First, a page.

You may recall that he did not like programs like “employee of the month” for a couple of reasons. If they truly recognized superior performance, then your small group of superior performers would win every month. And if you ensured that “everybody had a fair chance” at winning, then you’re rewarding poor performance.
New research at Washington University in St. Louis confirms this, and adds another point: employees will game the system to give themselves the best chances of winning. So you end up rewarding those who are good at winning contests, not necessarily those who contribute to achieving the organization’s objectives:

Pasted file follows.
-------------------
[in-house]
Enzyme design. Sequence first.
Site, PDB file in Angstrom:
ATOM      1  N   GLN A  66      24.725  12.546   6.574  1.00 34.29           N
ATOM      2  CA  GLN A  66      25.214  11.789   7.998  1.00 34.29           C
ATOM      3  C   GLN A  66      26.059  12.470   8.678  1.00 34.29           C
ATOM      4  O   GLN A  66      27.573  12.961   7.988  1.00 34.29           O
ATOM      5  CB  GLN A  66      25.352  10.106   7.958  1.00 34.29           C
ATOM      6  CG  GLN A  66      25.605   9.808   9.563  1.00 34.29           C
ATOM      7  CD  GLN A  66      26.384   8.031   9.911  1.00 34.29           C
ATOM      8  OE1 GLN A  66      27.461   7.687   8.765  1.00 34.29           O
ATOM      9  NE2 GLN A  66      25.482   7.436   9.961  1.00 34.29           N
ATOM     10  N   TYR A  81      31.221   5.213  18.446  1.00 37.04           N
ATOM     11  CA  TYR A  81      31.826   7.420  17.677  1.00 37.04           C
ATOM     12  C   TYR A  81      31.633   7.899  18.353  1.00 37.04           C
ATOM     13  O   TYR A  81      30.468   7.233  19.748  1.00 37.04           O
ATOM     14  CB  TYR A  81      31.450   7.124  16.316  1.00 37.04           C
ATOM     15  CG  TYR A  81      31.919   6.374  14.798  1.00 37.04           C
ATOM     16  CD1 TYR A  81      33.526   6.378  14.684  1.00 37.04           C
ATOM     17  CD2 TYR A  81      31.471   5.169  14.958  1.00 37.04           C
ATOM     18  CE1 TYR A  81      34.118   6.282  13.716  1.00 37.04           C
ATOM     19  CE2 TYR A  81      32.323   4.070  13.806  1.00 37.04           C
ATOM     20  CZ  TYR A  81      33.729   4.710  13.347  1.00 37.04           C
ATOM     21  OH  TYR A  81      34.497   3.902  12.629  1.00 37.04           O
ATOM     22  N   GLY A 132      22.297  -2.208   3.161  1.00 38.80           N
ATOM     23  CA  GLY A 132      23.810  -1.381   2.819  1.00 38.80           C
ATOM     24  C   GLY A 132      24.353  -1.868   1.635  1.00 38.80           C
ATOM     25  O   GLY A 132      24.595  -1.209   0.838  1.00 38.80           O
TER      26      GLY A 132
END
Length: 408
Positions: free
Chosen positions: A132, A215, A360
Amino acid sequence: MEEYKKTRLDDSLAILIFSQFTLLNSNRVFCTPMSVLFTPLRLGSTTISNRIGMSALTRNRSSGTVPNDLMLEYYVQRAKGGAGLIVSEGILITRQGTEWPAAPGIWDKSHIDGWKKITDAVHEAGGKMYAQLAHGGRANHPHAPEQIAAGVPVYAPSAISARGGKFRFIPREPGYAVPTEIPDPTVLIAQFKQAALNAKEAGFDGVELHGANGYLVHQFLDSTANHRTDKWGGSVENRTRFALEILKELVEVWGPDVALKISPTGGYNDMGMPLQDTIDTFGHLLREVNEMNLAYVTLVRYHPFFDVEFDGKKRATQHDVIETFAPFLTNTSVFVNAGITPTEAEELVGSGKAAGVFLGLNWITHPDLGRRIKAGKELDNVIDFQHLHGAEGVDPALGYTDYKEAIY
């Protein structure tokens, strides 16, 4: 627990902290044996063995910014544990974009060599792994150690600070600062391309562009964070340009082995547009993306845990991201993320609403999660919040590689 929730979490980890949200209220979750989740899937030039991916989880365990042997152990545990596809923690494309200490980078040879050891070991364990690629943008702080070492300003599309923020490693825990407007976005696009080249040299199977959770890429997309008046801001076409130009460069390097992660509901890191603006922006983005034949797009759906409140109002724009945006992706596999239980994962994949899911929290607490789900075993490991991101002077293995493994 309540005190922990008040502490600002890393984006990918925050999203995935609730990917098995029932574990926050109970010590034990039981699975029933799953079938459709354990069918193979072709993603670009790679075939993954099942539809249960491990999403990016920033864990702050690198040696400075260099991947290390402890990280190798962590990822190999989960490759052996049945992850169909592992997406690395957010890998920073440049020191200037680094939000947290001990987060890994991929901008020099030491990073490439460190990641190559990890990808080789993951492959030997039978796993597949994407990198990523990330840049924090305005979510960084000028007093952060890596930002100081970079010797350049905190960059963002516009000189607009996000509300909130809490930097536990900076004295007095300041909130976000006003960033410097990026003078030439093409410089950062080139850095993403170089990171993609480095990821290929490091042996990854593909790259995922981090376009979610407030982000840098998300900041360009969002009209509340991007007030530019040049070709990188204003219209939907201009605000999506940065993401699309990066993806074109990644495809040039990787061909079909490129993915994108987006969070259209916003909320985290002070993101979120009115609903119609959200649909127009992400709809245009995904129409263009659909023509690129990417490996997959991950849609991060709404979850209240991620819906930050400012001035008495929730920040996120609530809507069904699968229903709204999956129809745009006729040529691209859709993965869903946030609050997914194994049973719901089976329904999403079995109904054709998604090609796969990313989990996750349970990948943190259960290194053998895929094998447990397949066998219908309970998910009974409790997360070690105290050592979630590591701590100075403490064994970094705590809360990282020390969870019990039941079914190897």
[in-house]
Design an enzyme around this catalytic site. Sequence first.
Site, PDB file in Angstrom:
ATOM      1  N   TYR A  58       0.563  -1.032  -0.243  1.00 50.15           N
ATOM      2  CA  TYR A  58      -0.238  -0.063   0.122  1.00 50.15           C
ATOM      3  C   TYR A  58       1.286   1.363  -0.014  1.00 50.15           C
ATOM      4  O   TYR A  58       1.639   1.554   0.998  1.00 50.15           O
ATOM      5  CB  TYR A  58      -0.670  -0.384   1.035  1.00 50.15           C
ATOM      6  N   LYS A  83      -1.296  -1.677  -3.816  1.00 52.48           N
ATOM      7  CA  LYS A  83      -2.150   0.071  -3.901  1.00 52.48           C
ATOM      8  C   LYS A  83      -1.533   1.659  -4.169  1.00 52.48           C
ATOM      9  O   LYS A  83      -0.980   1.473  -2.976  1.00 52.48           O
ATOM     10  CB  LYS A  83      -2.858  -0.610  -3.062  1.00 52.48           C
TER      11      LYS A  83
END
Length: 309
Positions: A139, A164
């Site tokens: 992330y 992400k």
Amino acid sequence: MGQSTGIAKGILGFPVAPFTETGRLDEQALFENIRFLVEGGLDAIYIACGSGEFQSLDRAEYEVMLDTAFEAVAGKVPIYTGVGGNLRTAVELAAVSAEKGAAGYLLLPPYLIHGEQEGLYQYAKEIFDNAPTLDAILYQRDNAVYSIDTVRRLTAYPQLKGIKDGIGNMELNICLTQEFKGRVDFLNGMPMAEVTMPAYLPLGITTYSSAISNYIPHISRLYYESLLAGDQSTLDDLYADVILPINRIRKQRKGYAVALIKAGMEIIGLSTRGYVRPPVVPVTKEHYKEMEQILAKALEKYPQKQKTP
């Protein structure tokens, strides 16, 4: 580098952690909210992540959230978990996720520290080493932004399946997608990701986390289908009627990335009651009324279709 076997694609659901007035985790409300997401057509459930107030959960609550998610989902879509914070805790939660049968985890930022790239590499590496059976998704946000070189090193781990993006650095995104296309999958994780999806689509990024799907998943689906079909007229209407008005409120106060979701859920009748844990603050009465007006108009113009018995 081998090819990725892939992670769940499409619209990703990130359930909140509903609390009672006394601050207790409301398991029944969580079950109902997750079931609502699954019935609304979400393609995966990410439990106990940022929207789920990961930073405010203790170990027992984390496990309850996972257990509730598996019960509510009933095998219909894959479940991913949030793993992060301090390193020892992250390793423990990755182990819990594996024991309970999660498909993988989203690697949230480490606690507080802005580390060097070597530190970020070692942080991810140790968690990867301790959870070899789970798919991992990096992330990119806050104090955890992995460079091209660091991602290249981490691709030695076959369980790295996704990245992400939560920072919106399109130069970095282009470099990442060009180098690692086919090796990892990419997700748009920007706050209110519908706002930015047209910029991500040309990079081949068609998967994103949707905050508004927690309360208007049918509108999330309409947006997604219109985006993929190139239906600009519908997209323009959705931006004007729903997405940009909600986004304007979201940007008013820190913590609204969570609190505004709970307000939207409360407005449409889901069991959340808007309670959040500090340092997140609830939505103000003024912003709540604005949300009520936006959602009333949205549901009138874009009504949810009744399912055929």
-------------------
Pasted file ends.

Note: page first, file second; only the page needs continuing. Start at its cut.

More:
- “The researchers show that two types of unintended consequences limit gains from the reward program. First, employees game the program, improving timeliness only when eligible for the award, and strategically calling in sick to retain eligibility.
- “Second, employees with perfect pre-program attendance or high productivity suffered a 6 percent to 8 percent productivity decrease after program introduction, suggesting that awards for good behavior they already exhibited de-motivated them.”
Note that “timeliness” is a performance metric and like all such metrics is susceptible to gaming.
What the second bullet indicates is that programs like this destroy Einheit.